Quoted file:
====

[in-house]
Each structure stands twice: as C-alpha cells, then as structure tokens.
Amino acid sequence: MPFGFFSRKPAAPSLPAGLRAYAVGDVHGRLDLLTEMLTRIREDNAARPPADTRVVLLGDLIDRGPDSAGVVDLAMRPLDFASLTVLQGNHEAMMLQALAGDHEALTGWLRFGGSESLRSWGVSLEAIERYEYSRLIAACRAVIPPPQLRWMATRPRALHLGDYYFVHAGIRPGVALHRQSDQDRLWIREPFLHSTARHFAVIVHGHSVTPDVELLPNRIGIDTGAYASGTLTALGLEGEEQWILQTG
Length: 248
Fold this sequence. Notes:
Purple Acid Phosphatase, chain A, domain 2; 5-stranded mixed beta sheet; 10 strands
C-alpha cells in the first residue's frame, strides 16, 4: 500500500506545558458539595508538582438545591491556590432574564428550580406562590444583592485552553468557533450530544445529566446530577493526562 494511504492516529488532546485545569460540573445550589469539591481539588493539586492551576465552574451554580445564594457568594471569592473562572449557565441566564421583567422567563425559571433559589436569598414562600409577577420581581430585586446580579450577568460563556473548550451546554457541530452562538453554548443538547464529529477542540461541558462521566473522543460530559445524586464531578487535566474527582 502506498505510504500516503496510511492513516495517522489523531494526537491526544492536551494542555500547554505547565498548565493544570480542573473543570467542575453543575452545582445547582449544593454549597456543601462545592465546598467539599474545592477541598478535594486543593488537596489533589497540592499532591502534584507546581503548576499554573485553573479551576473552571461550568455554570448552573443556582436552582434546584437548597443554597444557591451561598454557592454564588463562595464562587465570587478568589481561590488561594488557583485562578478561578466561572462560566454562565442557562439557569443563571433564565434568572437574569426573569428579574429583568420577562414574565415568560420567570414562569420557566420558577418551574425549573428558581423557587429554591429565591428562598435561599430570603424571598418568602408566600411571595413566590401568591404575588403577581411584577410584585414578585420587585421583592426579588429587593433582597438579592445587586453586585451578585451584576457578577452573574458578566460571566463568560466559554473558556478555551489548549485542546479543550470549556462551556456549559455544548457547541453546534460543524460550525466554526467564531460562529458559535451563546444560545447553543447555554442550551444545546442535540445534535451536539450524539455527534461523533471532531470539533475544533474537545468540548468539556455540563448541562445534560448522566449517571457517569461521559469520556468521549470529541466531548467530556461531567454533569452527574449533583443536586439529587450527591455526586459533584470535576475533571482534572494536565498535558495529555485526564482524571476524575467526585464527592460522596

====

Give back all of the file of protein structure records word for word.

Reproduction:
[in-house]
Each structure stands twice: as C-alpha cells, then as structure tokens.
Amino acid sequence: MPFGFFSRKPAAPSLPAGLRAYAVGDVHGRLDLLTEMLTRIREDNAARPPADTRVVLLGDLIDRGPDSAGVVDLAMRPLDFASLTVLQGNHEAMMLQALAGDHEALTGWLRFGGSESLRSWGVSLEAIERYEYSRLIAACRAVIPPPQLRWMATRPRALHLGDYYFVHAGIRPGVALHRQSDQDRLWIREPFLHSTARHFAVIVHGHSVTPDVELLPNRIGIDTGAYASGTLTALGLEGEEQWILQTG
Length: 248
Fold this sequence. Notes:
Purple Acid Phosphatase, chain A, domain 2; 5-stranded mixed beta sheet; 10 strands
C-alpha cells in the first residue's frame, strides 16, 4: 500500500506545558458539595508538582438545591491556590432574564428550580406562590444583592485552553468557533450530544445529566446530577493526562 494511504492516529488532546485545569460540573445550589469539591481539588493539586492551576465552574451554580445564594457568594471569592473562572449557565441566564421583567422567563425559571433559589436569598414562600409577577420581581430585586446580579450577568460563556473548550451546554457541530452562538453554548443538547464529529477542540461541558462521566473522543460530559445524586464531578487535566474527582 502506498505510504500516503496510511492513516495517522489523531494526537491526544492536551494542555500547554505547565498548565493544570480542573473543570467542575453543575452545582445547582449544593454549597456543601462545592465546598467539599474545592477541598478535594486543593488537596489533589497540592499532591502534584507546581503548576499554573485553573479551576473552571461550568455554570448552573443556582436552582434546584437548597443554597444557591451561598454557592454564588463562595464562587465570587478568589481561590488561594488557583485562578478561578466561572462560566454562565442557562439557569443563571433564565434568572437574569426573569428579574429583568420577562414574565415568560420567570414562569420557566420558577418551574425549573428558581423557587429554591429565591428562598435561599430570603424571598418568602408566600411571595413566590401568591404575588403577581411584577410584585414578585420587585421583592426579588429587593433582597438579592445587586453586585451578585451584576457578577452573574458578566460571566463568560466559554473558556478555551489548549485542546479543550470549556462551556456549559455544548457547541453546534460543524460550525466554526467564531460562529458559535451563546444560545447553543447555554442550551444545546442535540445534535451536539450524539455527534461523533471532531470539533475544533474537545468540548468539556455540563448541562445534560448522566449517571457517569461521559469520556468521549470529541466531548467530556461531567454533569452527574449533583443536586439529587450527591455526586459533584470535576475533571482534572494536565498535558495529555485526564482524571476524575467526585464527592460522596